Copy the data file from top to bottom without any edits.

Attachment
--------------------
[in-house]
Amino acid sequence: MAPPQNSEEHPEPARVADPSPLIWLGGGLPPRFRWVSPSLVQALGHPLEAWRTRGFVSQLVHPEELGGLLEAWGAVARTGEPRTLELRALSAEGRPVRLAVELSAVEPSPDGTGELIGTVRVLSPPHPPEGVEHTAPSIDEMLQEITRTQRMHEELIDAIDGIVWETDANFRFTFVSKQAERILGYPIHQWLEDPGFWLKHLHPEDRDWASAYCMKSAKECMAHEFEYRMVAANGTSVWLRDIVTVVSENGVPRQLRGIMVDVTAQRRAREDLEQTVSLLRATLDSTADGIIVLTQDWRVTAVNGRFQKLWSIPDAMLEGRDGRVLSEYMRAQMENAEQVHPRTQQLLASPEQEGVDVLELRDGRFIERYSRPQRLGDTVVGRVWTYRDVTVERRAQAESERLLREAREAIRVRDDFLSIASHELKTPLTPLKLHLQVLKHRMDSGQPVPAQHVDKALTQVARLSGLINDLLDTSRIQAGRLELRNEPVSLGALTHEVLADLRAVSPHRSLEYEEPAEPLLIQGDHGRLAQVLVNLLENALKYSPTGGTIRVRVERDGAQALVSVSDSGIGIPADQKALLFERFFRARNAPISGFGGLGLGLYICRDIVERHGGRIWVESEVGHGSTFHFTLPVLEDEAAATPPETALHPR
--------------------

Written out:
[in-house]
Amino acid sequence: MAPPQNSEEHPEPARVADPSPLIWLGGGLPPRFRWVSPSLVQALGHPLEAWRTRGFVSQLVHPEELGGLLEAWGAVARTGEPRTLELRALSAEGRPVRLAVELSAVEPSPDGTGELIGTVRVLSPPHPPEGVEHTAPSIDEMLQEITRTQRMHEELIDAIDGIVWETDANFRFTFVSKQAERILGYPIHQWLEDPGFWLKHLHPEDRDWASAYCMKSAKECMAHEFEYRMVAANGTSVWLRDIVTVVSENGVPRQLRGIMVDVTAQRRAREDLEQTVSLLRATLDSTADGIIVLTQDWRVTAVNGRFQKLWSIPDAMLEGRDGRVLSEYMRAQMENAEQVHPRTQQLLASPEQEGVDVLELRDGRFIERYSRPQRLGDTVVGRVWTYRDVTVERRAQAESERLLREAREAIRVRDDFLSIASHELKTPLTPLKLHLQVLKHRMDSGQPVPAQHVDKALTQVARLSGLINDLLDTSRIQAGRLELRNEPVSLGALTHEVLADLRAVSPHRSLEYEEPAEPLLIQGDHGRLAQVLVNLLENALKYSPTGGTIRVRVERDGAQALVSVSDSGIGIPADQKALLFERFFRARNAPISGFGGLGLGLYICRDIVERHGGRIWVESEVGHGSTFHFTLPVLEDEAAATPPETALHPR